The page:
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‘Get legal advice before giving evidence’

Roads policingPOLICE officers involved in pursuits and response drivers should seek legal advice before making statements about incidents, even if they are being interviewed as a witness.

That was the advice from Queen’s Counsel Mark Aldred at the Police Federation of England and Wales Roads Policing Conference, as he explained the lack of legislation on exemptions for police drivers.
He said: “For police officers who enter into pursuits, the reality is, if the political will is there, they could be prosecuted for dangerous driving.”

Pursuits fall squarely into the definition of “dangerous driving” he added, and that while it might seem surprising, there was “no legislation that gives officers an exemption from prosecution”.
This differs to police use of force, where legislation requires that it is allowed if ‘reasonable’.

Mr Aldred is a prominent lawyer who successfully defended PC James Holden in a high profile dangerous driving case in 2012.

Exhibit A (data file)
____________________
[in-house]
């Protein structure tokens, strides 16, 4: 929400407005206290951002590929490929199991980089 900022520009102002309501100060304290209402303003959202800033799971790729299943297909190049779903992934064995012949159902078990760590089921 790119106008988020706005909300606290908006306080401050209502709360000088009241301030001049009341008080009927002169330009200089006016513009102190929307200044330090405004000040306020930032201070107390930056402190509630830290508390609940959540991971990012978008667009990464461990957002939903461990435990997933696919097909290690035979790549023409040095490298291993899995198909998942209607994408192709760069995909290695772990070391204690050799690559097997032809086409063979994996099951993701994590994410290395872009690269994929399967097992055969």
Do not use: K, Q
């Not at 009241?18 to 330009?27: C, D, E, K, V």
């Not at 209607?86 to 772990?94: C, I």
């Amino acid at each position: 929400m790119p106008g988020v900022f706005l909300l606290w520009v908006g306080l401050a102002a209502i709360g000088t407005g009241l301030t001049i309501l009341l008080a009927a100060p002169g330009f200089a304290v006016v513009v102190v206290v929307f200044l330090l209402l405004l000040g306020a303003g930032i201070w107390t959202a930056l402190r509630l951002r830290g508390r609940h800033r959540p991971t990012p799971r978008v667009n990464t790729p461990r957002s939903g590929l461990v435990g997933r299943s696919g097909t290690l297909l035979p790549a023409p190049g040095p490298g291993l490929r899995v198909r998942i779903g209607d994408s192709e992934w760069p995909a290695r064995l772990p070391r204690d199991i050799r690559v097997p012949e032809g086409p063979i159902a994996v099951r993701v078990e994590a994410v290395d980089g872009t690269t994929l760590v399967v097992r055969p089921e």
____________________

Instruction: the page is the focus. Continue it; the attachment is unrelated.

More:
“In my experience, in 95% of cases [which have reached my desk] the words that have come out of the officer’s mouth have been used against them,” added Mr Aldred.

“I get told by the officer that they ‘were only doing their job, they can’t seriously be being prosecuted’ and then I see the lights go out in their eyes as I tell them the law doesn’t protect them.”

He said reform needed to happen: “If we are going to ask police officers to do a job – we should make sure the law is there to allow them to do that job. Officers who drive or carry firearms do so voluntarily, for jobs that do carry serious risks. I wonder, if they were fully aware of the risks, would they continue?”

The Police Federation of England and Wales said it is working with the National Police Chief’s Council to develop a draft legislation change.

One frontline police officer, who asked not to be named, said: “If you pursue and the offender crashes you can be prosecuted for dangerous driving, costing you your job and potentially your freedom.

“If you don’t pursue and the offender commits further offences, you can be prosecuted for failing to do everything in your power to apprehend them as gross misconduct and neglect of duty.”

Date posted: March 7, 2016

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